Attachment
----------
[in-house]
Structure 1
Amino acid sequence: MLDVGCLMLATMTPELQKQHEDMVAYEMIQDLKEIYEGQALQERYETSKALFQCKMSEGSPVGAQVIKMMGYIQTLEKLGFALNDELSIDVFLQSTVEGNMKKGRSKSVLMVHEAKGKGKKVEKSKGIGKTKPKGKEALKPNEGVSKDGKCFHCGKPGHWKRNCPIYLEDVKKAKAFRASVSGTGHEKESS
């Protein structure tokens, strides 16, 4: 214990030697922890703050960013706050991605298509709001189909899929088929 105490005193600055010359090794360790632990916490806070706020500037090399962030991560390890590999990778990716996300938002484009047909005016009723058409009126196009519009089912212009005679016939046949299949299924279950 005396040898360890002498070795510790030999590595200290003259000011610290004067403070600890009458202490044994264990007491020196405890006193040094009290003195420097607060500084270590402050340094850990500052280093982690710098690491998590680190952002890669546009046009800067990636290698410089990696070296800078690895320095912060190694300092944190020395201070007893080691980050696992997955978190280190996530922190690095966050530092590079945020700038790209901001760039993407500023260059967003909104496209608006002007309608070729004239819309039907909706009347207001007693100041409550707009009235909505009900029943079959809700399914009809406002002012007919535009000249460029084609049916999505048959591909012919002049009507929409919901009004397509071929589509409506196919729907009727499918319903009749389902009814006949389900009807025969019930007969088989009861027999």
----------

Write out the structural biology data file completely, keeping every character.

[in-house]
Structure 1
Amino acid sequence: MLDVGCLMLATMTPELQKQHEDMVAYEMIQDLKEIYEGQALQERYETSKALFQCKMSEGSPVGAQVIKMMGYIQTLEKLGFALNDELSIDVFLQSTVEGNMKKGRSKSVLMVHEAKGKGKKVEKSKGIGKTKPKGKEALKPNEGVSKDGKCFHCGKPGHWKRNCPIYLEDVKKAKAFRASVSGTGHEKESS
């Protein structure tokens, strides 16, 4: 214990030697922890703050960013706050991605298509709001189909899929088929 105490005193600055010359090794360790632990916490806070706020500037090399962030991560390890590999990778990716996300938002484009047909005016009723058409009126196009519009089912212009005679016939046949299949299924279950 005396040898360890002498070795510790030999590595200290003259000011610290004067403070600890009458202490044994264990007491020196405890006193040094009290003195420097607060500084270590402050340094850990500052280093982690710098690491998590680190952002890669546009046009800067990636290698410089990696070296800078690895320095912060190694300092944190020395201070007893080691980050696992997955978190280190996530922190690095966050530092590079945020700038790209901001760039993407500023260059967003909104496209608006002007309608070729004239819309039907909706009347207001007693100041409550707009009235909505009900029943079959809700399914009809406002002012007919535009000249460029084609049916999505048959591909012919002049009507929409919901009004397509071929589509409506196919729907009727499918319903009749389902009814006949389900009807025969019930007969088989009861027999």